…build a culture where people can sort of take some of these projects and things to the next step… to build this culture of curiosity…. There was a chief for eight years… I don’t know how supportive he was of research… And I think some of those… felt a little bit left behind… And we’re really trying to build that culture. (KII 24)

Meso level: institutional structures, supports and processes

The themes described at the meso and macro levels are related to the wider structural factors that shape the production of high impact research in primary care. The meso level encompasses the organizational characteristics, the functions and processes of the academic department, hospital and community structures, which interact synergistically with the micro level individual characteristics and interpersonal networks and supports, and macro level policy considerations. The first theme identified included the DFCM organizational structure, the hub and spoke model, and its influence on the researcher at the micro level. Other themes identified were related to the key enablers for the creation of a high impact research program: the functions and processes related to creating a pipeline of diverse and skilled researchers, building collaborative networks, resources and infrastructure support, and thematic research focus. A number of these key enablers align with the challenges experienced by DFCM researchers.

The hub and spoke organizational structure

The international research programs included in this project were diverse and few had a hub and spoke structure (2) similar to the DFCM. Most research programs were not directly affiliated with clinical care. The hub and spoke structure appeared to be a barrier to having a sense of connection to the central department. For example,

We’ve got a wide, vast, decentralized faculty… from the community sites to the fully affiliated sites… Many of us work clinically. I think creating a greater connection to the division [department] is important…. Bringing people in to feel like they belong at the division. (KII 19).

The hub and spoke organizational model may have been a barrier to research collaboration amongst sites.

I think that’s the first thing we have to do, is try to break down those silos. Let’s try to form some collaborations across the [department]. (MCR FG)

Consequently, researchers often identified more with their hospital and its family medicine researcher unit (spoke), creating subcultures of research which impacted identification with the central hub research culture. For example,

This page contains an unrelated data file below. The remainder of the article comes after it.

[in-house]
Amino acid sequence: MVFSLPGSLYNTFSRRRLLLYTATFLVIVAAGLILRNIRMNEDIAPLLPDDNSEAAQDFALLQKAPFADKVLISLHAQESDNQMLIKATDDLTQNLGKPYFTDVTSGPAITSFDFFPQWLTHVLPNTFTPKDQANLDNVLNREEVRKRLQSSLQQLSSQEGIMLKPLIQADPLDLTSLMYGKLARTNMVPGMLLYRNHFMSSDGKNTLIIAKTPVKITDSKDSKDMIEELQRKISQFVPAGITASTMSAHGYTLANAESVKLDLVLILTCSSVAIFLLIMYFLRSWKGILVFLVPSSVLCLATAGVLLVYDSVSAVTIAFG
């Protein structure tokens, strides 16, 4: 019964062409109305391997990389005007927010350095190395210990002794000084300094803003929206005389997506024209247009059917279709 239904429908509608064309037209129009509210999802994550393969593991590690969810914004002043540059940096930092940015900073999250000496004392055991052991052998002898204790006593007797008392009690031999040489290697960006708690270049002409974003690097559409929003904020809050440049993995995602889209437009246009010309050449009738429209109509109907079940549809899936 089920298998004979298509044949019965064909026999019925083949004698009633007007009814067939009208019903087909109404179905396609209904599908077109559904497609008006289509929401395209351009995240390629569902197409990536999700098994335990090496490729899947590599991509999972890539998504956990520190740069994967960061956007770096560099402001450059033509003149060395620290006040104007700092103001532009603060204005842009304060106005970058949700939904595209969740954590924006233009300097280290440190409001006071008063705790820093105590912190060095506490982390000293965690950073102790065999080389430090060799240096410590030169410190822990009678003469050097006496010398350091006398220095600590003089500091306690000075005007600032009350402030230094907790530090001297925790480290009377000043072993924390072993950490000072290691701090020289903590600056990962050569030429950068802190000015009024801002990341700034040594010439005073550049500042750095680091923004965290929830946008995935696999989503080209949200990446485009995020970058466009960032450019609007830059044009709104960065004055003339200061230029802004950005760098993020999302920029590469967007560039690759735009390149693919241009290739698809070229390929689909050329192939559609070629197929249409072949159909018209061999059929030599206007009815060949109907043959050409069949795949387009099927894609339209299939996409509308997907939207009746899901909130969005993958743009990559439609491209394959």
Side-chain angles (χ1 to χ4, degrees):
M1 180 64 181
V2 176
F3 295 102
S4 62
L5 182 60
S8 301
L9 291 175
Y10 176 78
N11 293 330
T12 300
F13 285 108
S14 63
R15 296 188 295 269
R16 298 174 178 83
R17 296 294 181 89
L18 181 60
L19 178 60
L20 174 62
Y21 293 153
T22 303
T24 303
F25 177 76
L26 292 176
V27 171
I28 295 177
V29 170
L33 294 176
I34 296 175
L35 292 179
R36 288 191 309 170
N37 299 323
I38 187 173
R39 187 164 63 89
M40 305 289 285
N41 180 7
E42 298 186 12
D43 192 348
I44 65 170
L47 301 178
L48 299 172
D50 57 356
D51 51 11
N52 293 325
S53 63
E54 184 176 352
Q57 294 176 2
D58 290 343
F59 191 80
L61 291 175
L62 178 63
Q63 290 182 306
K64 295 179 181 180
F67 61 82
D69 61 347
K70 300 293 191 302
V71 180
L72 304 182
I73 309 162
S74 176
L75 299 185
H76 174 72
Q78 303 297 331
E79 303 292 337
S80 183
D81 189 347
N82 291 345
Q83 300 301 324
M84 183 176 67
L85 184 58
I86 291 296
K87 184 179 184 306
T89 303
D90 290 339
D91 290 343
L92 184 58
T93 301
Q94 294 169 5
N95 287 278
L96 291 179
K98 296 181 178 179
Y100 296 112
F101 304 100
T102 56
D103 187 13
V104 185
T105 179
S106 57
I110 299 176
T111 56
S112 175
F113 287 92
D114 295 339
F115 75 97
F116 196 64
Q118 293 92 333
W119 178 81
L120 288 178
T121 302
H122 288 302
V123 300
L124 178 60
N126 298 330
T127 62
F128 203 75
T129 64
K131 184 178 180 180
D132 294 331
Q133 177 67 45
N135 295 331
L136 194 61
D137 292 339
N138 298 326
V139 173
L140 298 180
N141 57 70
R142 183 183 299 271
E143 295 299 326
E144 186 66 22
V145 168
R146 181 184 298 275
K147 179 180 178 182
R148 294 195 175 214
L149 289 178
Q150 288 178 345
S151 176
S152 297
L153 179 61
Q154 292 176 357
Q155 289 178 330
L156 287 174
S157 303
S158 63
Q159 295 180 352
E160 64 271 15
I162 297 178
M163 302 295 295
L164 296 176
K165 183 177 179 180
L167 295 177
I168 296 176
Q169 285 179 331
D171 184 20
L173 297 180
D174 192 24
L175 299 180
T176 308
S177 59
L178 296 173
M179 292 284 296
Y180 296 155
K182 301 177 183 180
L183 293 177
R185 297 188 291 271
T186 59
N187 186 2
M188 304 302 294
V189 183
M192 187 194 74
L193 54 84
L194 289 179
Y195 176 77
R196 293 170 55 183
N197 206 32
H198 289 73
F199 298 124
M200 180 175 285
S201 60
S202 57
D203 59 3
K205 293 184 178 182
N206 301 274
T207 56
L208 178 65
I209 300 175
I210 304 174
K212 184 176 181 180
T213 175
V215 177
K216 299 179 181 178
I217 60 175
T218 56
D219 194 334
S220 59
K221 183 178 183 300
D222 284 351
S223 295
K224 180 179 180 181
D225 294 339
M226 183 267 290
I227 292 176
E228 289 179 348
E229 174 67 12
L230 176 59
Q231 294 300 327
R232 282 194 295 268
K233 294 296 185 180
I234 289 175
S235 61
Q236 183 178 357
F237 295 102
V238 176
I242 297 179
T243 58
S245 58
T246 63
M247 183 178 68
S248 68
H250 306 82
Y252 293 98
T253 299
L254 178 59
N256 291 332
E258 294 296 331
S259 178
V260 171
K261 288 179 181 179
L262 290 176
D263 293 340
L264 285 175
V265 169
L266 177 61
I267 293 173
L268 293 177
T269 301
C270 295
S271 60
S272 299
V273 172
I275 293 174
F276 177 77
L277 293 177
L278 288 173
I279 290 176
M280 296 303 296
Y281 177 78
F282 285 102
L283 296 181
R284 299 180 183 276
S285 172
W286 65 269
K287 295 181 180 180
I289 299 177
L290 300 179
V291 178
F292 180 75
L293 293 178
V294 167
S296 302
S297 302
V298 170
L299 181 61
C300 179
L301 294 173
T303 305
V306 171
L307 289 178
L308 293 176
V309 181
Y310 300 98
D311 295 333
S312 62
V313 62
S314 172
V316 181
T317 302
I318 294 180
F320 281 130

The more you have an allegiance or the culture, and you identify more with your hospital, family medicine hospital research unit…. And to me, if it lacks the vision… overall leadership from [central department]… I think you have the risk of having these sort of subcultures and promotion within the subculture of whatever that research unit is. (KII 25)

Moreover, research productivity appeared to vary across community sites (spoke) compared to fully affiliated sites because of these subcultures:

The community sites don’t place the same emphasis on research productivity. (ECR FG2)

Creating a pipeline of skilled and diverse researchers through mentorship, training, and capacity building

Creating a pipeline of skilled and diverse primary care researchers was considered crucial to a high impact research department. Creation of this pipeline depended on leadership commitment to EDIIA in their recruitment and hiring of faculty, mentoring, training, and research capacity building.

Researchers recognized there was a need for greater promotion of equity, diversity, and inclusion by the leadership in the department. Research faculty thought it was important to ensure that the department included researchers who represent the diversity of the population being served. This was important so that the research is relevant to diverse clinical populations.

… but just thinking about who is providing mentorship, to who’s getting, early supports. So, if you’ve got mentorship… And I think that that’s where folks from under-represented groups often don’t have those same kind of… we’d like to see the DFCM on a research program that just reflects the diversity of the province and the country, which we …do not have right now. (MCR FG)

There is an incredible whiteness to the department from the leadership particularly. And that can be very ostracizing for people of colour in the department at multiple different levels, including in research. I’ve been made to feel an outsider by leadership… I don’t think there’s a lot of recognition at the leadership level of what kind of impact that has on the department, and who ends up wanting to and being able to thrive in the department as a researcher. (ECR FG1)